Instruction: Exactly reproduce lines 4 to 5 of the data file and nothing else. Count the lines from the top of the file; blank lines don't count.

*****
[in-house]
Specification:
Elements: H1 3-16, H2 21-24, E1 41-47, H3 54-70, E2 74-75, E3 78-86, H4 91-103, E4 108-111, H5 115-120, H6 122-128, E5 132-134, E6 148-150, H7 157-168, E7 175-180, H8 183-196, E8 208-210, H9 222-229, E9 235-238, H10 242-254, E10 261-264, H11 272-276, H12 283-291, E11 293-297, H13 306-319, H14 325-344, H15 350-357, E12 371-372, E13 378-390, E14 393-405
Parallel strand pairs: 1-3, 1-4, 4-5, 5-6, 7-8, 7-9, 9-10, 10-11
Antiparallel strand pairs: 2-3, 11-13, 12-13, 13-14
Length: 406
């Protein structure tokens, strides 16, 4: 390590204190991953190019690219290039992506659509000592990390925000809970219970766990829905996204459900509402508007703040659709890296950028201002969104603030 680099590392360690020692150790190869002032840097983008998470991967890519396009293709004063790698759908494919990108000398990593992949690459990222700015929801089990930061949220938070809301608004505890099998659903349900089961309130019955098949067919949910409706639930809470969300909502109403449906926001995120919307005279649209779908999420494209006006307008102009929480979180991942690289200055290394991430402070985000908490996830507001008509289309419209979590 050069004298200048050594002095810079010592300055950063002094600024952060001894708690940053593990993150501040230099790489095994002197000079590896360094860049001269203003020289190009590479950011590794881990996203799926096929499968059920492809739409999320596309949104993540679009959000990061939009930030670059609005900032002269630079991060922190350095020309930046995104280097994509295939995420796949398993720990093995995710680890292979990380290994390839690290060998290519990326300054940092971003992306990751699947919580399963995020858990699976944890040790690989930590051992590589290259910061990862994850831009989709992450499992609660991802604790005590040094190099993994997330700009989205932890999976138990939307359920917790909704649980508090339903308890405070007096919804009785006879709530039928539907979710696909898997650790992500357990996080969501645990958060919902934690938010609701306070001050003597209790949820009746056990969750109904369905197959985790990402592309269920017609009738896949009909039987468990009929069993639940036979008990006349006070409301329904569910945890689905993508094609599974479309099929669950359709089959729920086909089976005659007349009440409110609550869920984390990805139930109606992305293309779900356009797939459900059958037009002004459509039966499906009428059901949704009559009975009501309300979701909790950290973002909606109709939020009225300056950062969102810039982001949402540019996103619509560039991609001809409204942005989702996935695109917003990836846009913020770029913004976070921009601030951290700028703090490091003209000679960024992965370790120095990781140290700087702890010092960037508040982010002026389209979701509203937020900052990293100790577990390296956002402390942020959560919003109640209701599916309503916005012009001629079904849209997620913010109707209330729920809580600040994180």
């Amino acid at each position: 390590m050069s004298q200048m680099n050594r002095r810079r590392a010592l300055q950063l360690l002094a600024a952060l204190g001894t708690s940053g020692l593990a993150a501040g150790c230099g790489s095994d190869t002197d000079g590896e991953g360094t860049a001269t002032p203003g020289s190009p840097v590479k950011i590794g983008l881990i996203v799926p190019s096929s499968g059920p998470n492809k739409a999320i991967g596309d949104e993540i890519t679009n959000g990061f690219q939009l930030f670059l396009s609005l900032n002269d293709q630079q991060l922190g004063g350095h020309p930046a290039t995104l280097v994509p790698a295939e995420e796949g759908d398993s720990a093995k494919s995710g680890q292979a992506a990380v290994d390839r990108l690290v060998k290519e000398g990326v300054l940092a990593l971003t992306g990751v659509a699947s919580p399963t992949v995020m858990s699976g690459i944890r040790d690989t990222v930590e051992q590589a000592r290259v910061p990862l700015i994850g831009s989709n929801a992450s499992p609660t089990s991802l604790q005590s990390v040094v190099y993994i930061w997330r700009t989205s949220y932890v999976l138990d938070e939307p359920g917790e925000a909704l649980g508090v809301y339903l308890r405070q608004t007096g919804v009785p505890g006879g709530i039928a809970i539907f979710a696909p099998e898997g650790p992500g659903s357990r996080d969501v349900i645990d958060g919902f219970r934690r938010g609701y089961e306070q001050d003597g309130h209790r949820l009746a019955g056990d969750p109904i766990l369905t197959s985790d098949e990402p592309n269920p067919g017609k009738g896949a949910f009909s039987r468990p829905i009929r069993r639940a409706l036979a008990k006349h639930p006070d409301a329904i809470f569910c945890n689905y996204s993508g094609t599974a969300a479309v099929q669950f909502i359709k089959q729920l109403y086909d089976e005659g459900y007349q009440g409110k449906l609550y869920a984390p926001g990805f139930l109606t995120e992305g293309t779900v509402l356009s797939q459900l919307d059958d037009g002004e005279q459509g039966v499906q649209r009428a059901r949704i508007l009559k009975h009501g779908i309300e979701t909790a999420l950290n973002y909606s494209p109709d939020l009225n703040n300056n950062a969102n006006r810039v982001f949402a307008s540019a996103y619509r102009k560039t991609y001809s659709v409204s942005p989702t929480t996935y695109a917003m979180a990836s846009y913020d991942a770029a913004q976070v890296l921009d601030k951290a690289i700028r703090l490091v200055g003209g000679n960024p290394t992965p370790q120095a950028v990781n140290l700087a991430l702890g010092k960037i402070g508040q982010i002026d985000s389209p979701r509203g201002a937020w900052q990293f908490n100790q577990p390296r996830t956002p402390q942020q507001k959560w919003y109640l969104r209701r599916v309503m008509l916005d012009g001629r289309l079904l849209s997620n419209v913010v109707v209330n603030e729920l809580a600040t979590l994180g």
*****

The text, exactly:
Parallel strand pairs: 1-3, 1-4, 4-5, 5-6, 7-8, 7-9, 9-10, 10-11
Antiparallel strand pairs: 2-3, 11-13, 12-13, 13-14